Volume 109, Issue 6, Pages 952–963
Laura H. Goetz, M.D., Nicholas J. Schork, Ph.D.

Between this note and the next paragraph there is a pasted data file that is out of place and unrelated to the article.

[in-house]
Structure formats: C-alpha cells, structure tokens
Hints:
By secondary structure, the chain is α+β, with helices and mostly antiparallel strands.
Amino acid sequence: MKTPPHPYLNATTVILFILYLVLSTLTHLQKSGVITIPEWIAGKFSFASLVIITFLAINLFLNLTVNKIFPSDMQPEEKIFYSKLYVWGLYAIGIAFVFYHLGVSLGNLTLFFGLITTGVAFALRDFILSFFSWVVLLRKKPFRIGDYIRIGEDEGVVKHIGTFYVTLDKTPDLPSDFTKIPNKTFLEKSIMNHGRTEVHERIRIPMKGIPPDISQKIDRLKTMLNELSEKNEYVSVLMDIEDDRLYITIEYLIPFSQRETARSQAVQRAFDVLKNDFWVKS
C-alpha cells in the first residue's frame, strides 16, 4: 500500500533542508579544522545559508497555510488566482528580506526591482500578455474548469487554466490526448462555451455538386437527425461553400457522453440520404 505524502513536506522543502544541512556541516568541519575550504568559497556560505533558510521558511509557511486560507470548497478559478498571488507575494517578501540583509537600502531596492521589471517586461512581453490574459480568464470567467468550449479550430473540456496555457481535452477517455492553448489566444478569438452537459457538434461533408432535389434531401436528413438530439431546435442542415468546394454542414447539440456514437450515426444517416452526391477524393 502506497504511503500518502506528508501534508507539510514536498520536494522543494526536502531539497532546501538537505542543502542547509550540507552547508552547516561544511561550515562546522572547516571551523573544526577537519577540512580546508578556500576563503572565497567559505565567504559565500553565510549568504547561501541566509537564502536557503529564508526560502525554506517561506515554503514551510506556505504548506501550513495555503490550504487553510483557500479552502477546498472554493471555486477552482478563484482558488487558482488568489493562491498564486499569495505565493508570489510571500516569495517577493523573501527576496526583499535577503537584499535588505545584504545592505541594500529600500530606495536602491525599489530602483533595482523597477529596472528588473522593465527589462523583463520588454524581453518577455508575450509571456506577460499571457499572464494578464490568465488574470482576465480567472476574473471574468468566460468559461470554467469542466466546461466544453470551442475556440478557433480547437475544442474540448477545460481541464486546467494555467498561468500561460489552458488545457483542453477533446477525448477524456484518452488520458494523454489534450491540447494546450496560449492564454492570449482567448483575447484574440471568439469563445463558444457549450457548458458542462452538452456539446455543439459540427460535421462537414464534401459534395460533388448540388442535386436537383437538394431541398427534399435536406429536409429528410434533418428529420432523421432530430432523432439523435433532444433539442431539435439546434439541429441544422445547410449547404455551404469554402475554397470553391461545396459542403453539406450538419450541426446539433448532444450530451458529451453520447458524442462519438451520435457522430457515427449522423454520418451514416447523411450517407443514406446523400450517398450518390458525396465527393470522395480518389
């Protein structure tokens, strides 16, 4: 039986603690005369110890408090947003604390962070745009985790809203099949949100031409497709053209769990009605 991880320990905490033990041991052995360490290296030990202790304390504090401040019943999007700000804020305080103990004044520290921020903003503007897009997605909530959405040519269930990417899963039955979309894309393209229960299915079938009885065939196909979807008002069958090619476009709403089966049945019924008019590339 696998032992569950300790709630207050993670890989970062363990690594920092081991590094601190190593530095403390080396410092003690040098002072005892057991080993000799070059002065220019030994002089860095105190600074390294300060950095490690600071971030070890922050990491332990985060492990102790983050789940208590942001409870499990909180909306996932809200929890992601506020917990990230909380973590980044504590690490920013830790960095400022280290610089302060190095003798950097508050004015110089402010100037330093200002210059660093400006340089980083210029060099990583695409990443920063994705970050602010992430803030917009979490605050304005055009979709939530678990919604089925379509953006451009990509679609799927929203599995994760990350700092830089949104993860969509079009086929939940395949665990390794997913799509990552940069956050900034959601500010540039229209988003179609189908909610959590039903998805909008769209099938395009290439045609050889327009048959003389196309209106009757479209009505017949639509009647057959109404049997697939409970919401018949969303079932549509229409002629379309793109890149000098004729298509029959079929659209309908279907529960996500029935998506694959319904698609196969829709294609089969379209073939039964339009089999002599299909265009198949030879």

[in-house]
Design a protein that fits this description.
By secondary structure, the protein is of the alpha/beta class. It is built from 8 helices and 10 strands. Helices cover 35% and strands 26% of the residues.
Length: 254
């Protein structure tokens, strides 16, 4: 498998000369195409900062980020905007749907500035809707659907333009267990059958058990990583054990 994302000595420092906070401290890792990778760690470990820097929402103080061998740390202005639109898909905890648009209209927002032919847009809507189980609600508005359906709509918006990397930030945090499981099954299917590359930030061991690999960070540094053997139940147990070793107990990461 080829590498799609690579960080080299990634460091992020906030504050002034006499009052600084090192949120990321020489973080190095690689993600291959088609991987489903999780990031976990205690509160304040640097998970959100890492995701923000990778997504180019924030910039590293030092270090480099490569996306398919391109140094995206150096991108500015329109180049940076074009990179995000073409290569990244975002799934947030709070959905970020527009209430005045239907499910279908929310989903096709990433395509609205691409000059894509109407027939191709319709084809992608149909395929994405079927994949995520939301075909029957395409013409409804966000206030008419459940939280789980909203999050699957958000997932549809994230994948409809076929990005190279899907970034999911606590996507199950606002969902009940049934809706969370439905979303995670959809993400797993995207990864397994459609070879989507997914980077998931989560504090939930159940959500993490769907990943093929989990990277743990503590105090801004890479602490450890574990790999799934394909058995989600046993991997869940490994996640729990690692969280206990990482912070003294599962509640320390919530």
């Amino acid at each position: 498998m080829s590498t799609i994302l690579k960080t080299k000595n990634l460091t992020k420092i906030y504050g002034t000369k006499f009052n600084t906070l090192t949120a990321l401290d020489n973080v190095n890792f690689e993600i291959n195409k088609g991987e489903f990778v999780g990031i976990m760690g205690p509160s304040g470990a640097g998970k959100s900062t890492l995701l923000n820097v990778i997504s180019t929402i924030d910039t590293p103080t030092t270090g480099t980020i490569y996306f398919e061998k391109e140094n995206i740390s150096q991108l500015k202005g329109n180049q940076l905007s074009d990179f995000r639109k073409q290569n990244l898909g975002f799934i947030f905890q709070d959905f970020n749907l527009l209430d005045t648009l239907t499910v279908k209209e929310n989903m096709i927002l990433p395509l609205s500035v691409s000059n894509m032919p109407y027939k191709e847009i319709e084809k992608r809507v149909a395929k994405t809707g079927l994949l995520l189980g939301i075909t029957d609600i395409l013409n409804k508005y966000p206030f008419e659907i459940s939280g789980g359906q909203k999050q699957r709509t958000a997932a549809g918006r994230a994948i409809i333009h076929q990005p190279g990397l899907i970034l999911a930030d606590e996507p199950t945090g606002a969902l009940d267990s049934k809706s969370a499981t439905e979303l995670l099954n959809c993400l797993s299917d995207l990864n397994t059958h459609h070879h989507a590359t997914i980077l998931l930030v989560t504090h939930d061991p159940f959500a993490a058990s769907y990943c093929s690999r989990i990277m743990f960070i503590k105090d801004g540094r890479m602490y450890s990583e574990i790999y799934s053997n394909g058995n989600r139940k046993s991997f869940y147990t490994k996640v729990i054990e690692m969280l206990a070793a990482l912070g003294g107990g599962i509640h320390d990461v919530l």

There is a great deal of hype surrounding the concept of personalized medicine. Personalized medicine is rooted in the belief that since individuals possess nuanced and unique characteristics at the molecular, physiological, environmental exposure, and behavioral levels, they may need to have interventions provided to them for diseases they possess that are tailored to these nuanced and unique characteristics. This belief has been verified to some degree through the application of emerging technologies such as DNA sequencing, proteomics, imaging protocols, and wireless health monitoring devices, which have revealed great inter-individual variation in disease processes. In this review, we consider the motivation for personalized medicine, its historical precedents, the emerging technologies that are enabling it, some recent experiences including successes and setbacks, ways of vetting and deploying personalized medicines, and future directions, including potential ways of treating individuals with fertility and sterility issues. We also consider current limitations of personalized medicine. We ultimately argue that since aspects of personalized medicine are rooted in biological realities, personalized medicine practices in certain contexts are likely to be inevitable, especially as relevant assays and deployment strategies become more efficient and cost-effective.